How would you react to life changing DNA test results?
Like millions of people curious about their genealogy, 61-year-old James Johnston bought a 23andMe DNA testing kit.
“When it came back I knew my ancestry didn’t quiet match,” Johnston said. “I should have been pretty much 100 percent British Irish, but I had a lot of German French ancestry. It seems weird, it says I have a German great grandparent and there is just no way.”
Finding out you’re a different kind of white doesn’t sound like a huge deal. But Johnston had spent years researching his family’s genealogy and this new information made him suspicious.
“I was born when my mother was only 17 years old and my parents were married only two months before I was born. So I was kind of always a little suspicious. I don’t look like my brothers and I didn’t see anything in my dad in me. I asked my mom straight out over the years, I said, ‘Am I Robert Johnston’s son?’ and she said ‘Yes.'”
So Johnston bought a few more DNA kits, asked his mom and brothers to give up a little saliva, and sent their tests back to 23andMe. When their results came back, it revealed that the brothers he grew up with were only his half-brothers. After being pressed, his mother admitted that the dad Johnston grew up with was not actually his father.
“She was only 16, she wasn’t married, she got pregnant. Her boyfriend, who was my biological father, he joined the Air Force and she wrote him a letter and said that she was pregnant and I guess she never heard back from him. She started going with somebody else, who I thought was my biological father, and she married him two months before I was born. They decided, my dad, who I thought was my dad, that they would never tell me. He knew that I wasn’t his and they would just keep that secret.”
The father Johnston grew up with passed away, so he felt free to track down his birth father. He’s still alive, 80 years old, and lives just two hours away. Johnston made the drive to meet him.
“Ironically, he ended up working in the same auto plant as I did. For 20 years we worked in the same plant. He said he knew I was there and he thought about having somebody point me out but it never happened. So I’m really kind of uneasy about the way that he handled that.”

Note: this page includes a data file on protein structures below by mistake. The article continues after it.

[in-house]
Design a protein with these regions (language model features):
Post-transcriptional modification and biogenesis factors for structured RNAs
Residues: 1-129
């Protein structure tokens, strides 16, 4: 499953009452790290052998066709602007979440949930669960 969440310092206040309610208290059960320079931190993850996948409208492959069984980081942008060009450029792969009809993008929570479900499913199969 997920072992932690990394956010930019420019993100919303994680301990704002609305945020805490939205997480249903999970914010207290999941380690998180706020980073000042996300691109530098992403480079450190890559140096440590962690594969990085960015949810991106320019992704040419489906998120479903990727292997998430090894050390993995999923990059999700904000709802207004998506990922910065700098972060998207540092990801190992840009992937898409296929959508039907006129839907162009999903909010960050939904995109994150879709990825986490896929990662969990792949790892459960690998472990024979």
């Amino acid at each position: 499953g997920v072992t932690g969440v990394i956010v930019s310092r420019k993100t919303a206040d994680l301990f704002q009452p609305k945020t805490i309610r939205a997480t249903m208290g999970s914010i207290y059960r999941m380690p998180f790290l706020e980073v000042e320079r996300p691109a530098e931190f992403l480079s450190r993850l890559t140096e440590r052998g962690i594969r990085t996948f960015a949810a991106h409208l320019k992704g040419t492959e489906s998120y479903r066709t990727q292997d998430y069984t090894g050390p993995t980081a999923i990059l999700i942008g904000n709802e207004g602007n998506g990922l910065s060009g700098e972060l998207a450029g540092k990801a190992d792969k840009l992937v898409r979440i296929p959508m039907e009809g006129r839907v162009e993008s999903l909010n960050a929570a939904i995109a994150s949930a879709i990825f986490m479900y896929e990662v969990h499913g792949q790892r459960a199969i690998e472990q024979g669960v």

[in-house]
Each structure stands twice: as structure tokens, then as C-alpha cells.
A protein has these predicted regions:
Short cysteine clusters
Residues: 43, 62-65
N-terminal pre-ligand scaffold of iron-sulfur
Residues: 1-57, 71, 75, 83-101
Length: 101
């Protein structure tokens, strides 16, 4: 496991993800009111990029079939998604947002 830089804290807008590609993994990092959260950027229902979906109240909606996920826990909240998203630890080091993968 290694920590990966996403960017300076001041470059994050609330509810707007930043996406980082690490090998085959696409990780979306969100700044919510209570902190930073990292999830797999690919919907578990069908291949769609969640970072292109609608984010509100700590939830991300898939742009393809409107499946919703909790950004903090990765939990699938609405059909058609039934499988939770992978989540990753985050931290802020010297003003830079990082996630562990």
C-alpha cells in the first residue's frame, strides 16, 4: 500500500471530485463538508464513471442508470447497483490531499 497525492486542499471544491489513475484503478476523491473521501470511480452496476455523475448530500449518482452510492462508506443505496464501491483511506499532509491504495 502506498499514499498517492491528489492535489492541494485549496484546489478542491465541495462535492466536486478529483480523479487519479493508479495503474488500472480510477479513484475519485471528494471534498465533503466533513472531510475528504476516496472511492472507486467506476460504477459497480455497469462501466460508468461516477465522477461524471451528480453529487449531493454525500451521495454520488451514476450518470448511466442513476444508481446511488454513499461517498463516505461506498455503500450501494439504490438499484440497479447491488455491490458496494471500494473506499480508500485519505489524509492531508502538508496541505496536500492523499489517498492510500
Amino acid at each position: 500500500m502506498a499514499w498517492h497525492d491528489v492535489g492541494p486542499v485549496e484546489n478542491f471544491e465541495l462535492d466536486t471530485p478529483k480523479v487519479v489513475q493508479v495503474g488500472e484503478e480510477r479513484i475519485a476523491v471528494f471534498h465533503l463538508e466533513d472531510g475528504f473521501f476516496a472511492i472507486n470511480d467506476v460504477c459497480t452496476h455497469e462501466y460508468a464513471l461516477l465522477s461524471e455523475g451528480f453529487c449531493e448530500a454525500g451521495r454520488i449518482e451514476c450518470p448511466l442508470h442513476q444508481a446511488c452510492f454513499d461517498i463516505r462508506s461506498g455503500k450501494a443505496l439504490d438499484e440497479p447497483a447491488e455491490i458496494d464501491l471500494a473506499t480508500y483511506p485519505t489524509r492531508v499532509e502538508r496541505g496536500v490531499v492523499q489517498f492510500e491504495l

Discovering that your dad is not really your dad when you are 61 years old is shocking and emotional. But Johnston didn’t expect his family to be so upset by the news.
“My mother hasn’t spoken to me since all this happened. So it was a secret she really didn’t want revealed. I tried to talk to her and she just won’t talk. My brother, Mark, told me they see me as an ingrate. My stepdad kept saying, ‘You think you got a raw deal?’ I said no, I don’t. But I was just thinking I should have been told the truth, for a lot of reasons, just because it’s the right thing to do. There’s also the medical history.”
The decision to explore his DNA has cause a rift between Johnston and the only family he’s ever known. And after spending a day with his birth father, he’s not eager to nurture that relationship.
“I am just uncomfortable with it. I don’t know if it’s a deep psychological scar or what. But he didn’t seem to really show any interest in me until now. I wish he just would have said, ‘I’m sorry that it worked out that way and I’m sorry, I should have handled it different.’ You know, he never helped me in any way. He abandoned his responsibilities to my mother and to me.”
I asked Johnston what he thinks about these home DNA test kits. They can reveal life changing information, regardless of how emotionally prepared the recipient is. Does he regret learning this new information?
“I’m not sure. I think genetic research is important. I love the idea of being able to trace your family tree, that’s where this started for me. Sometimes I think it would have been better if I just left it alone. It brought out a lot. I was really emotionally distraught.”
I reached out to 23andMe and spoke with senior product specialist Lindsay Grove. She said they get a lot of calls and emails from customers who have had shocking results.
“We do a lot of training on how to listen and be empathetic and help the customer understand what they’re seeing. We’re not counselors so we try to stick to the science behind the report and explain what they’re seeing and how we got to those results.”